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Should the MBTA build a Red-Blue Line connector?

Brian M. Arrigo
Brian M. ArrigoClaude Mondestin


Brian M. Arrigo

Mayor of Revere

For over 40 years, the idea of connecting the MBTA Blue Line and the Red Line has been a topic of conversation. Now is the time for action.

The reasons favoring the connection beneath Cambridge Street from Bowdoin station to MGH/Charles have long been obvious. The five color-coded transit lines tying Boston and the metropolitan region have a fundamental flaw: Red and Blue don’t meet, even though the Blue Line provides direct access to Logan Airport and Revere Beach, and the Red Line provides access to Massachusetts General Hospital, Kendall Square, and Cambridge.

The pro-connector argument has always relied on that persuasive rationale. But over the past decade, extraordinary growth at Logan and in communities served by the Blue and Red Lines, the imminent acceleration of that growth, and the future expansion of MGH have elevated “persuasive” reasons to “compelling” reasons.


The connector can help relieve two of Greater Boston’s most daunting problems: housing supply and transportation woes. With the Kendall Square region almost fully built out, access to communities like Revere is necessary for the region’s continued economic growth.

Ease of commute helps businesses lure a dynamic workforce. The time-consuming double-transfer that Blue-to-Red riders now face, or the traffic-snarled drive from the North Shore to Boston’s west side essentially detaches good jobs from willing employees. A Blue-Red link would create a manageable public transportation commute between the MGH/Cambridge area and the North Shore. In Revere, to cite a prime example, some $750 million worth of investment signals the availability of human capital that the region’s economy demands.

Additionally, as Boston and Cambridge run out of space to entice or expand businesses, Blue Line communities offer space to grow. In Revere alone, we have large development opportunities within walking distance of the Blue Line: nearly a third of the 161 acres at Suffolk Downs, 34 acres at Wonderland, and 850,000 square feet of ready manufacturing space at the former Necco property.


The projected cost of the connector dropped substantially from an earlier estimate. Meanwhile, its benefits have been exponentially increased. The Red-Blue connector has always been a good idea. But today, it is an imperative part of Greater Boston’s future vitality.

David G. Tuerck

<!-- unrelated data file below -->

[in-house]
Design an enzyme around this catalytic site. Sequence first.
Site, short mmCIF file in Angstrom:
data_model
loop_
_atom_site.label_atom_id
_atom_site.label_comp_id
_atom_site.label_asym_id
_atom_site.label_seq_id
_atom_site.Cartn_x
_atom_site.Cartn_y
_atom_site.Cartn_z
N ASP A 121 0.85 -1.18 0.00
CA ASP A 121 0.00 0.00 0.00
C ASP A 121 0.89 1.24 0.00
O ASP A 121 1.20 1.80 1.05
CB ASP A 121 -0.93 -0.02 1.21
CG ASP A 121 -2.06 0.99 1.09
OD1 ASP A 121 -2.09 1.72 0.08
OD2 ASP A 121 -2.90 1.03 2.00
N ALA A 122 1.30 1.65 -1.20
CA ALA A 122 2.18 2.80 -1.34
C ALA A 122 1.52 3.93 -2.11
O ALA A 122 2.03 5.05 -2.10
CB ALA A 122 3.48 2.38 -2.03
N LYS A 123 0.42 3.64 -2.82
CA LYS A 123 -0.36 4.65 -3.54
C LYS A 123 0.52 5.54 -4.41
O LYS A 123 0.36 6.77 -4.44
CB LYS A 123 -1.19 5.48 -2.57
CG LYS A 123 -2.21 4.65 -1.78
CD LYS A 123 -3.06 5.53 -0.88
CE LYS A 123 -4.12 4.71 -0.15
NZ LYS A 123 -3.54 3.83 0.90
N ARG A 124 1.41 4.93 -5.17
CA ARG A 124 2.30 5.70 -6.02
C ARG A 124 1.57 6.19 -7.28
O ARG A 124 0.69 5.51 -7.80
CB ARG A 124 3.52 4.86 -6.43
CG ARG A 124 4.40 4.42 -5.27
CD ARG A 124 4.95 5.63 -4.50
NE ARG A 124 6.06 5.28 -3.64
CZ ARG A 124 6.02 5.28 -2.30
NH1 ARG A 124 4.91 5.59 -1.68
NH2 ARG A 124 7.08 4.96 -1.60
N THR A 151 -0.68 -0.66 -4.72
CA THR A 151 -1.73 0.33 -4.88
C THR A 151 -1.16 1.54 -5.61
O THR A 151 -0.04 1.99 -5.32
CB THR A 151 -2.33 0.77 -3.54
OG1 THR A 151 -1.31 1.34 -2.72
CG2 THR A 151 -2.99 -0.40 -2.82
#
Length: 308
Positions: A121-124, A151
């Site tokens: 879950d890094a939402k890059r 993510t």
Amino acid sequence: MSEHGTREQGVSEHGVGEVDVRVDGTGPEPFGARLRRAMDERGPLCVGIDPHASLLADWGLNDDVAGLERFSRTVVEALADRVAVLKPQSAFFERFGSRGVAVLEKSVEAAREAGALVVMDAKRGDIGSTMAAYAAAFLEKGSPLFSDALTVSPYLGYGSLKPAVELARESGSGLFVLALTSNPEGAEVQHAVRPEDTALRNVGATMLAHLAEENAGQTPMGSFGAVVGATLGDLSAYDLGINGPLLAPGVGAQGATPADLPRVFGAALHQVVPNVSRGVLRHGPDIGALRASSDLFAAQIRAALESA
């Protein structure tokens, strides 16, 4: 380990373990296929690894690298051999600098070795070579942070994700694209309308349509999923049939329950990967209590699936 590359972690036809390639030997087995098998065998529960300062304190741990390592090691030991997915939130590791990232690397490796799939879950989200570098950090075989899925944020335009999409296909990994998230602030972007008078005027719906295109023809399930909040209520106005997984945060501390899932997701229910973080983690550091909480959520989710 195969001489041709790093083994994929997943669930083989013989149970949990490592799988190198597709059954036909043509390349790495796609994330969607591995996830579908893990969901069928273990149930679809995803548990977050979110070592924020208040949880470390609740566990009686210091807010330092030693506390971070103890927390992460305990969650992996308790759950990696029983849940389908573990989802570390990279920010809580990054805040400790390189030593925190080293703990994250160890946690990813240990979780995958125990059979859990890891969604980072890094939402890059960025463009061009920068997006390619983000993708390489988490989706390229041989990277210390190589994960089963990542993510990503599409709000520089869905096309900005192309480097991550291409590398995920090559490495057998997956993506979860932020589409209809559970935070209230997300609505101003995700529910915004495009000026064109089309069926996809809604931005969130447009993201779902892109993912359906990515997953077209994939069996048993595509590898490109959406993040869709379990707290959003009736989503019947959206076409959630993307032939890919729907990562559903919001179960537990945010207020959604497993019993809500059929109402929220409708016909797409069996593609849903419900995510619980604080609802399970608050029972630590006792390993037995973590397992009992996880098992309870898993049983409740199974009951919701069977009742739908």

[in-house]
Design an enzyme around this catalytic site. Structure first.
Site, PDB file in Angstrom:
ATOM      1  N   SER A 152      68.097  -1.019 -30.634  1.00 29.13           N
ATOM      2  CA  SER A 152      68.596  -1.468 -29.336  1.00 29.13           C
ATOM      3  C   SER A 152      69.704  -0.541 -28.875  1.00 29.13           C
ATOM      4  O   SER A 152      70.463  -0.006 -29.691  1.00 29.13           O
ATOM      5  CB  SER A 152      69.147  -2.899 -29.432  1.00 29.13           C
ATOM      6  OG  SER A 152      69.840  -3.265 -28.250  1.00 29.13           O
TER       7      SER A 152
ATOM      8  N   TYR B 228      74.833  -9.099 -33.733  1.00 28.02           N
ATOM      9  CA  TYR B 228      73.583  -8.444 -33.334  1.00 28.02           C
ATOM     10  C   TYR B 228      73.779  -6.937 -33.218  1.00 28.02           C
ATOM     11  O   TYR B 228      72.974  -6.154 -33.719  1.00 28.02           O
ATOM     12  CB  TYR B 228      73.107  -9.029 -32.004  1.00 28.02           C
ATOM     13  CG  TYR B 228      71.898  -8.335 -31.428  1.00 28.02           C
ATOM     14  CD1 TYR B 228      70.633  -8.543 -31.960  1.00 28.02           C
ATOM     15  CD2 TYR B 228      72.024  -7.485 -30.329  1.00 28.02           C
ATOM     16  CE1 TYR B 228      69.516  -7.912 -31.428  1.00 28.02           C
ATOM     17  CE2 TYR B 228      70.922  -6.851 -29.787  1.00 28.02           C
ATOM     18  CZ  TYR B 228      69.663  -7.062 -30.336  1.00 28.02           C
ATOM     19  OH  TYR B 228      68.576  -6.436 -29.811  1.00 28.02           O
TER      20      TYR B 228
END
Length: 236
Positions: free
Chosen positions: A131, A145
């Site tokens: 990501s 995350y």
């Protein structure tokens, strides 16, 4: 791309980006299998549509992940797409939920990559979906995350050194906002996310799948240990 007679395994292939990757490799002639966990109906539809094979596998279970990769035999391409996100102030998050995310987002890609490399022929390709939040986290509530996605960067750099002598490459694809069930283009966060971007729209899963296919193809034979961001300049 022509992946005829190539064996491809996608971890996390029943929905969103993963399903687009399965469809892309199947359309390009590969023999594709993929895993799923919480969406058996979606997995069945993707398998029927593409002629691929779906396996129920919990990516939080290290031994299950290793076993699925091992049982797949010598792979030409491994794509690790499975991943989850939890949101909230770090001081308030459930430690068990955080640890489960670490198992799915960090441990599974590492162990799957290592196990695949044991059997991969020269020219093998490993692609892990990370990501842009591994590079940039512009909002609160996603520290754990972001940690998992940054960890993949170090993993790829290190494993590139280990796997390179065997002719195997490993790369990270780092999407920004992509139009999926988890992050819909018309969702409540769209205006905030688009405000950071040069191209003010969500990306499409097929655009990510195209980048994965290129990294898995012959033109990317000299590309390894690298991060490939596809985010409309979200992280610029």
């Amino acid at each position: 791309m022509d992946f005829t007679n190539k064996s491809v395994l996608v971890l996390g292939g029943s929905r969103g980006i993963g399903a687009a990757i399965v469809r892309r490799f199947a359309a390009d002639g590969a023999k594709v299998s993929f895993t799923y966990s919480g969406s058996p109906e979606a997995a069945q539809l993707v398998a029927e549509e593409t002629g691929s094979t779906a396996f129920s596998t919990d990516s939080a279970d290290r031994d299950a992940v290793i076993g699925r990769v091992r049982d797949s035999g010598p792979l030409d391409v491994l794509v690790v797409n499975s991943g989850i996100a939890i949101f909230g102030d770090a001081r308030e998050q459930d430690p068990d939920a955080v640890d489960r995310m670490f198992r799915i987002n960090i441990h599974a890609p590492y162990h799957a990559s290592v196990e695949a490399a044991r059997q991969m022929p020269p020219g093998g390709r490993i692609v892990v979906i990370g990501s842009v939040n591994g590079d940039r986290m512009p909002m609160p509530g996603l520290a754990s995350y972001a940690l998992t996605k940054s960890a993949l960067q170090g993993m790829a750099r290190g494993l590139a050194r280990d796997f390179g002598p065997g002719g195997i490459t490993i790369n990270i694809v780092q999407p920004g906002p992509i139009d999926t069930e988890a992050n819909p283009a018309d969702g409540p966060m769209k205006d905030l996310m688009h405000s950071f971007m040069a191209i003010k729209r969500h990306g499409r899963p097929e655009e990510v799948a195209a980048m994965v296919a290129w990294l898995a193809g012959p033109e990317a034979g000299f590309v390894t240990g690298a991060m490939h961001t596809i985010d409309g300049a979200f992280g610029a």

David G. Tuerckhandout


David G. Tuerck

President of the Beacon Hill Institute and a Professor of Economics at Suffolk University, Franklin resident

Considering the system-wide financing problems facing the MBTA and the state’s poor track record of completing infrastructure projects on time and on budget, the inclusion of a Blue Line-Red Line Connection in the MBTA’s Focus 40 project list is evidence of misplaced priorities. The MBTA would be better served by prioritizing maintenance of existing capital, reforming its pension system, and keeping costs of current projects under control — for example, the current Green Line extension project.

The proposed connection is yet another promise from the gift that keeps giving: the budget-busting Big Dig. Proposed as a Big Dig environmental mitigation strategy, planners pledged to consider extending the Blue Line to Charles Street. A less ambitious approach — building a simple pedestrian walkway to connect the Blue and Red lines — is not enough for transit advocates, who consider that idea just short of an insult. The compulsion is to think big for the small number of riders — relative to the rest of the system- who feel taxpayers should pick up the tab for their convenience rather than out of necessity.


Creating a mini-Big Dig in one of the city’s most dense commercial areas from Government Center to Charles Circle — hard by the MGH campus — offers few benefits compared with other proposals to improve the state’s public transportation, such as replacing trolleys on the Ashmont-Mattapan line.

The proposed underground connection has most recently been estimated to cost $200 million to $350 million. Those familiar with the history of cost-overruns know that the final cost is likely to be much higher. This is backed up by research. One study by a Danish researcher found that most transit projects worldwide exceed their budgets and fail to meet ridership goals.

For those who think the Big Dig cost overruns were worth it, the empirical literature is clear: Despite the expenditures, Massachusetts has a notably lengthy travel time to work, according to the US Census Bureau.

Few would argue that MBTA services and infrastructure need no improvement. But investing in a Blue Line-Red Line link when there are other critical transportation needs not being met is misguided.

This is an informal poll, not a scientific survey. Please vote only once.

As told to Globe correspondent John Laidler. Anyone interested in suggesting a topic or writing a piece can contact him at john.laidler-co@globe.com.